Mankind was able to view the round earth with the naked eye for the first time only after traveling into space on a spaceship. When positioned on earth, it is no simple matter to comprehend that the earth is round. There are a lot of things that only become visible at a distance. For instance, meteorological phenomena and sea surface temperatures are an example. With the help of artificial satellites, a wide array of data can be gathered to help us grasp changes occurring on earth as a whole. In this way, investigating, or sensing the earth, from a distance, i.e. somewhere remote, is referred to as"remote sensing."
What can we learn from remote sensing?
By using electromagnetic waves directed at the surface of the ocean from artificial satellites, we can measure water temperature, phytoplankton concentration, sea-surface altitude, oceanic winds, currents and so on. With this homepage, we will explain about the retrieval of water temperature and phytoplankton concentration information, while introducing ways in which remote sensing data can be used to monitor the marine environment.
What we can know from the sea-surface temperature distribution.
Due to the infrared rays and microwaves in the electromagnetic waves used, we can measure the temperature of the sea surface.
In this way, data retrieved is used to express sea surface temperature variations by color using SST (Sea Surface Temperature). (see left)
With the help of sea-surface temperature data, we can understand how the marine climates change with the seasons.
In addition, using the temperature distribution data for the ocean, it is possible to comprehend the flow of warm and cold ocean currents. This information is very useful in finding the location of fishing grounds.
This is because fish all have a temperature range that they find most suitable. Applying this knowledge it is possible to predict where they will gather. In this way, fishermen can make an educated guess about where fish will be gathering before they leave port (or while at sea fishing if the vessel is equipped to receive data via satellite) based on this data.
Chlorophyll a (Chl-a) is one type of chlorophyll that plays a basic role in photosynthesis in plants. It is included in phytoplankton in the ocean and its concentration can be regarded as indicating the total about of phytoplankton.
In addition, Chl-a concentrations are used as an indicator or yardstick for measuring marine pollution. This is because Chl-a increases with nutrients that enter the ocean from land, such as nitrogen and phosphorous.
Satellite remote sensing allows the estimation of oceanic Chl-a concentrations by measuring the wavelength of visible radiation originating from the waterÅfs surface. Chl-a concentration can be determined by the color of the water leaving light; greener is higher, because Chl-a present in water absorbs blue light. By measuring the amount of Chl-a a in the water, the distribution of phytoplankton concentrations can be understood.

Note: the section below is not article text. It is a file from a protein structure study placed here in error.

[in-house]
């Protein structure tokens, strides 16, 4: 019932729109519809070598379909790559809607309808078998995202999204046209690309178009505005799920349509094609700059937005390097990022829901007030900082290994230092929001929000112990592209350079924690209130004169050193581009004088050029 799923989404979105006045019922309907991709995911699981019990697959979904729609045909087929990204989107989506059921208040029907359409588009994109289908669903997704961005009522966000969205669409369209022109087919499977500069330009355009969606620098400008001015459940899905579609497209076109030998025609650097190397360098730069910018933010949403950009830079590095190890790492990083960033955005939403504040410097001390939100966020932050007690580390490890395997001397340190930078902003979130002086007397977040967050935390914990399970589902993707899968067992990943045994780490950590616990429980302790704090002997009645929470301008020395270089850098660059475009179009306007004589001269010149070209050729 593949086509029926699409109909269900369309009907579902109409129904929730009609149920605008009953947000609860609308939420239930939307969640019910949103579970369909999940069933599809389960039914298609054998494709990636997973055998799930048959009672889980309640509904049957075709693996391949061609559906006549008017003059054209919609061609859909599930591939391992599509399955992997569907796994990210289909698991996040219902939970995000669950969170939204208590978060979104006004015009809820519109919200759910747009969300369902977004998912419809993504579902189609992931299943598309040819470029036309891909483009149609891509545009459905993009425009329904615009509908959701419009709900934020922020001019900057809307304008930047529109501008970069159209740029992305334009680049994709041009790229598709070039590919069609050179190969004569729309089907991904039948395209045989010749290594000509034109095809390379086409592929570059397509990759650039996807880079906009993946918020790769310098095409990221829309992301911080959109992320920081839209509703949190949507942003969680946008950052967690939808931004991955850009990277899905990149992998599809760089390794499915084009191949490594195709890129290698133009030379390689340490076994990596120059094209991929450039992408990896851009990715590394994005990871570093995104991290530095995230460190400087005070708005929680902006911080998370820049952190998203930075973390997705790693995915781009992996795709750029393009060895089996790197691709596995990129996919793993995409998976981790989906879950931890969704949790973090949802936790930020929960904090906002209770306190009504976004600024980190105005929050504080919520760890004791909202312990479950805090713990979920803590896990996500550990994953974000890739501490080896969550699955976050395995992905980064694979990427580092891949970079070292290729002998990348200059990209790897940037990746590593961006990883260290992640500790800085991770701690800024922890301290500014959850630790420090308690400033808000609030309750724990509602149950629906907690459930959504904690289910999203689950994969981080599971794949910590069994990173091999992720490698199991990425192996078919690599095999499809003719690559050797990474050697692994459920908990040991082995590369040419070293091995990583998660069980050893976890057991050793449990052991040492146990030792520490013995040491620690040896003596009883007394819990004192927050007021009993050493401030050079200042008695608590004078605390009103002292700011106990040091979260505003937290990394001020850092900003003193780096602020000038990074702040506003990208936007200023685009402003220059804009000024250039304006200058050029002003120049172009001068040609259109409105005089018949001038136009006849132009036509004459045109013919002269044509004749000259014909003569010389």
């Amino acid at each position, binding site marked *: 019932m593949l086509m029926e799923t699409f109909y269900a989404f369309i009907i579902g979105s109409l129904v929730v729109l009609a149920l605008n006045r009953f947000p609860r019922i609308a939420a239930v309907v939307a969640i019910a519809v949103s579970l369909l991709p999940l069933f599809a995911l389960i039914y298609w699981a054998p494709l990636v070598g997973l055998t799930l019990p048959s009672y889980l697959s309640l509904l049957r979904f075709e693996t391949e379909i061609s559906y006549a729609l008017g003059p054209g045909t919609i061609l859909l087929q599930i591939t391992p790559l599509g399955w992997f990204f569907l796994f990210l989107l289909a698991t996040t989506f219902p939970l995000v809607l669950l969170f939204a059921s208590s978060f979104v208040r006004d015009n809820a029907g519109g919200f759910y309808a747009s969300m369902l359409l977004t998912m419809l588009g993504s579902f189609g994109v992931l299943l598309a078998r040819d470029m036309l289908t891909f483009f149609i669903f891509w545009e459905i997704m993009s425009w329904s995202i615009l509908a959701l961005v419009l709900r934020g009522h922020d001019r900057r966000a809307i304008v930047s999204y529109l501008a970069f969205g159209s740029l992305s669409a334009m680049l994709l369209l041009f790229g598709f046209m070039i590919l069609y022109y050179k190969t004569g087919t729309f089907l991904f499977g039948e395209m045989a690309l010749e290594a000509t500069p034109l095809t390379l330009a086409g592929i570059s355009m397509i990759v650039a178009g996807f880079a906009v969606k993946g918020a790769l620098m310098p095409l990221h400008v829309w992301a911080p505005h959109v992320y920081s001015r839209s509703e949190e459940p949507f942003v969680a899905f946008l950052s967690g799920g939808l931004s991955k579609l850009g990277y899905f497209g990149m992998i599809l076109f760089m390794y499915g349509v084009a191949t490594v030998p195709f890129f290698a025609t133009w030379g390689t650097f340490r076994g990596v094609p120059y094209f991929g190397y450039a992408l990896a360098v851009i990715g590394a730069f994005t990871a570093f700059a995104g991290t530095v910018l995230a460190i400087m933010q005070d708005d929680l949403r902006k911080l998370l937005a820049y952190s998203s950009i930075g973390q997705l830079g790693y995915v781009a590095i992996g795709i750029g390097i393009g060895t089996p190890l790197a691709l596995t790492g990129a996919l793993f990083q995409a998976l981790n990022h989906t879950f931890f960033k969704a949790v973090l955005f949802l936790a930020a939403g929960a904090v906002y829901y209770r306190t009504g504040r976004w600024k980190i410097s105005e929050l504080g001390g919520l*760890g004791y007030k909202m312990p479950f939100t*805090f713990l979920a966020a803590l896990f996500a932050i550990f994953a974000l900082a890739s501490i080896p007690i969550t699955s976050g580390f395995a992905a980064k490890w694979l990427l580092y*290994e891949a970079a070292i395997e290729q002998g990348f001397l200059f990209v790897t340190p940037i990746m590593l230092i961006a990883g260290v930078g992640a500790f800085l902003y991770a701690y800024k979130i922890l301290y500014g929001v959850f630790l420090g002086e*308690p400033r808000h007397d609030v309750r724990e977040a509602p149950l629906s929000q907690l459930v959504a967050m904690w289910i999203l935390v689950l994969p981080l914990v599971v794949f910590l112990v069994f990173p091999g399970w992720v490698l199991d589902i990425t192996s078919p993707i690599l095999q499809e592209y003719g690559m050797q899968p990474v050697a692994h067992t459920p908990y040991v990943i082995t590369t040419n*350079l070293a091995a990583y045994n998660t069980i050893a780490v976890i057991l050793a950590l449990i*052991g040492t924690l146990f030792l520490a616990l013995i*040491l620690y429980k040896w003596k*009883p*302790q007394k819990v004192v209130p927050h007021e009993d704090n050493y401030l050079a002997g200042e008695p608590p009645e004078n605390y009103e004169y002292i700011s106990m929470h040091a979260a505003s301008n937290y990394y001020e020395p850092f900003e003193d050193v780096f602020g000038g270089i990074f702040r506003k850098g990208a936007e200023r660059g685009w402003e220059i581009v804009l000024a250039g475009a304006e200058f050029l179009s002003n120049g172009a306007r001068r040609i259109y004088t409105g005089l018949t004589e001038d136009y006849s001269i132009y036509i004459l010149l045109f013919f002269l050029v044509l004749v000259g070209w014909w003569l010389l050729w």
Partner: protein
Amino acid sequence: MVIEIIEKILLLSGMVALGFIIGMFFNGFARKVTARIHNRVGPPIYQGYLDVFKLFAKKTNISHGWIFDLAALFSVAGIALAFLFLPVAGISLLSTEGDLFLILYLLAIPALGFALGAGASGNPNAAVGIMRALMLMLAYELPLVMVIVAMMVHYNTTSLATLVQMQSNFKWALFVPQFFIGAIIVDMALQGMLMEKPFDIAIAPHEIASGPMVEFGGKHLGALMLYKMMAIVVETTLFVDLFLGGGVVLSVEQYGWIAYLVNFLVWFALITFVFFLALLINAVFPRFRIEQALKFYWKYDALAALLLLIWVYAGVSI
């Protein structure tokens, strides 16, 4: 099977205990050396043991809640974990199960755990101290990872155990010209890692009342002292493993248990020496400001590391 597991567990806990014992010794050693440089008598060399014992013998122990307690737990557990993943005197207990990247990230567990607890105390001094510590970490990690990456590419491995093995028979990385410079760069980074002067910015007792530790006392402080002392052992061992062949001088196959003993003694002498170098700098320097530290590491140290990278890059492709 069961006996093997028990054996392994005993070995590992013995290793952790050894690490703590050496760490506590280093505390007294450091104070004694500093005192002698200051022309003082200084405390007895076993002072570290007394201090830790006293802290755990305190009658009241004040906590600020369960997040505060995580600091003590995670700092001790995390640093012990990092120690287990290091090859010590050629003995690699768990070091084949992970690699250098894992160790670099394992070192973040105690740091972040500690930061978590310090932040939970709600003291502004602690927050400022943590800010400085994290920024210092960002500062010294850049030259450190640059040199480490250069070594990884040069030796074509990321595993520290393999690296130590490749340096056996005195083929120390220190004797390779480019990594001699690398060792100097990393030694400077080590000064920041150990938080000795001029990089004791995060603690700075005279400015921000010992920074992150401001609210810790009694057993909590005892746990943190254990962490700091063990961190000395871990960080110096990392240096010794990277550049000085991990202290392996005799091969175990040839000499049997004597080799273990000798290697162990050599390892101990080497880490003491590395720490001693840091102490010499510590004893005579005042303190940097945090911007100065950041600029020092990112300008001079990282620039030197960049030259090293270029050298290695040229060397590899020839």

Phytoplankton is food for zooplankton or small fish. When schools of small fish gather to feed on phytoplankton, fish that feed on these phytoplankton eating fish also gather. In this way, fertile fishing grounds are created. It is fair to say that areas with a certain level of phytoplankton concentrations are also areas that are home to a wealth of fish. However, these fishing areas are in a constant change depending on the condition of the marine environment.
On one hand, when phytoplankton appear in mass, or create a bloom, they can cause a red tide or a blue tide.
The major cause of these algae blooms is thought to be caused by wastewater from homes, factories and elsewhere, the nitrogen and phosphorous of which runs into rivers that feed into the ocean creating an environment conducive to plankton reproduction (known as eutrophication).
Monitoring of daily chlorophyll a concentration distributions is useful to help better understand the marine environment and the mechanism that drives red and blue tides
Artificial satellites can be used to gather a broad range of data in nearly real-time. In addition, Geostationary satellites can be used to constantly monitor the same area of the planet, as is the case with meteorological satellites used for weather forecasts, such as the Himawari satellite of Japan with which many people are familiar.
Moreover, using polar orbital satellites that pass above the North Pole and South Pole, it is possible to monitor the entire planet.
Gathering data with light humans can't even see
Artificial satellites are operated via remote control -- essentially a kind of functioning robot. This is especially true for artificial satellites that are used for remote sensing, as these are robots built on cameras. As such, depending on the type of camera with which these satellites are equipped, they can of course pick up (visible) light as well as light or radiation in a range of the spectrum invisible to the human eye, such as infrared and ultraviolet light. These images can then be viewed in the form of a picture. For example, by combining infrared data of different wavelength, an array of information, including earth surface temperatures, chlorophyll a distribution and vegetation indicators, can be derived.
In addition, with certain sensors, radio waves can be directed at the earth and used as radar, with the data that is bounced back and received by the satellite being used to perceive the earth's surface. This is sometimes possible even in the event of cloud cover.
For individuals interested in more detailed information, we recommend a visit to the following sites.
·JAXA/EOC Kid's page
·JAXA/EORC On the frontline of using satellite images - what is earth observation?
· RESTEC (As a reference about remote sensing)